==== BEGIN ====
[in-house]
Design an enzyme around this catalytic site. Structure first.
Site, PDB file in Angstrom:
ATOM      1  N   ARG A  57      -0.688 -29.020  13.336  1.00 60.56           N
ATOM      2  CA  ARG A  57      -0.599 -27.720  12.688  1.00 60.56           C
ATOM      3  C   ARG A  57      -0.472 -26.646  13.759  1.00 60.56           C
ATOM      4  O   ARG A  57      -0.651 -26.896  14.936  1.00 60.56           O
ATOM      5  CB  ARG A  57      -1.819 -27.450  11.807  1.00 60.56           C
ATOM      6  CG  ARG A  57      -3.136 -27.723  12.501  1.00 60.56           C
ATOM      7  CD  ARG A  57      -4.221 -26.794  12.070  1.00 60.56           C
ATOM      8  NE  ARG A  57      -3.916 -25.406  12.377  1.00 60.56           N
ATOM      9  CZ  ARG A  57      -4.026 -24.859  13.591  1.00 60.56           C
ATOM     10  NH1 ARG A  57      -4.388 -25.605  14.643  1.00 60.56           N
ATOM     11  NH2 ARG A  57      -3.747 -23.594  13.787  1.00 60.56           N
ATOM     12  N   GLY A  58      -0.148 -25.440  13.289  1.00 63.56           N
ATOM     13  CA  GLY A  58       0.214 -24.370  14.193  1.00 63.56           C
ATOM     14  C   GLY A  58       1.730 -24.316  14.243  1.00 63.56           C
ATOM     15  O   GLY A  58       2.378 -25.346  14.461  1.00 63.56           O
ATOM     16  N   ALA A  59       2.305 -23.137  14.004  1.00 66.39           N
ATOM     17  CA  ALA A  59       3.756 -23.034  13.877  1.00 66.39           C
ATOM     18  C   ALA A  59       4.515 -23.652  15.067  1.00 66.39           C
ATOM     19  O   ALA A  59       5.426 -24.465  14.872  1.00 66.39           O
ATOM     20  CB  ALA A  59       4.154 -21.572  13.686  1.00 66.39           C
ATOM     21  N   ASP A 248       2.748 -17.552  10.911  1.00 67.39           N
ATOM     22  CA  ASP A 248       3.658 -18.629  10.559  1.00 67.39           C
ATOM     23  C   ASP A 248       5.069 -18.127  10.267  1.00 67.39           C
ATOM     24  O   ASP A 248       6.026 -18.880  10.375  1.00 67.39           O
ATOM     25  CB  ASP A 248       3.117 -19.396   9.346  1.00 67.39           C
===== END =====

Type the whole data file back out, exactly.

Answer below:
[in-house]
Design an enzyme around this catalytic site. Structure first.
Site, PDB file in Angstrom:
ATOM      1  N   ARG A  57      -0.688 -29.020  13.336  1.00 60.56           N
ATOM      2  CA  ARG A  57      -0.599 -27.720  12.688  1.00 60.56           C
ATOM      3  C   ARG A  57      -0.472 -26.646  13.759  1.00 60.56           C
ATOM      4  O   ARG A  57      -0.651 -26.896  14.936  1.00 60.56           O
ATOM      5  CB  ARG A  57      -1.819 -27.450  11.807  1.00 60.56           C
ATOM      6  CG  ARG A  57      -3.136 -27.723  12.501  1.00 60.56           C
ATOM      7  CD  ARG A  57      -4.221 -26.794  12.070  1.00 60.56           C
ATOM      8  NE  ARG A  57      -3.916 -25.406  12.377  1.00 60.56           N
ATOM      9  CZ  ARG A  57      -4.026 -24.859  13.591  1.00 60.56           C
ATOM     10  NH1 ARG A  57      -4.388 -25.605  14.643  1.00 60.56           N
ATOM     11  NH2 ARG A  57      -3.747 -23.594  13.787  1.00 60.56           N
ATOM     12  N   GLY A  58      -0.148 -25.440  13.289  1.00 63.56           N
ATOM     13  CA  GLY A  58       0.214 -24.370  14.193  1.00 63.56           C
ATOM     14  C   GLY A  58       1.730 -24.316  14.243  1.00 63.56           C
ATOM     15  O   GLY A  58       2.378 -25.346  14.461  1.00 63.56           O
ATOM     16  N   ALA A  59       2.305 -23.137  14.004  1.00 66.39           N
ATOM     17  CA  ALA A  59       3.756 -23.034  13.877  1.00 66.39           C
ATOM     18  C   ALA A  59       4.515 -23.652  15.067  1.00 66.39           C
ATOM     19  O   ALA A  59       5.426 -24.465  14.872  1.00 66.39           O
ATOM     20  CB  ALA A  59       4.154 -21.572  13.686  1.00 66.39           C
ATOM     21  N   ASP A 248       2.748 -17.552  10.911  1.00 67.39           N
ATOM     22  CA  ASP A 248       3.658 -18.629  10.559  1.00 67.39           C
ATOM     23  C   ASP A 248       5.069 -18.127  10.267  1.00 67.39           C
ATOM     24  O   ASP A 248       6.026 -18.880  10.375  1.00 67.39           O
ATOM     25  CB  ASP A 248       3.117 -19.396   9.346  1.00 67.39           C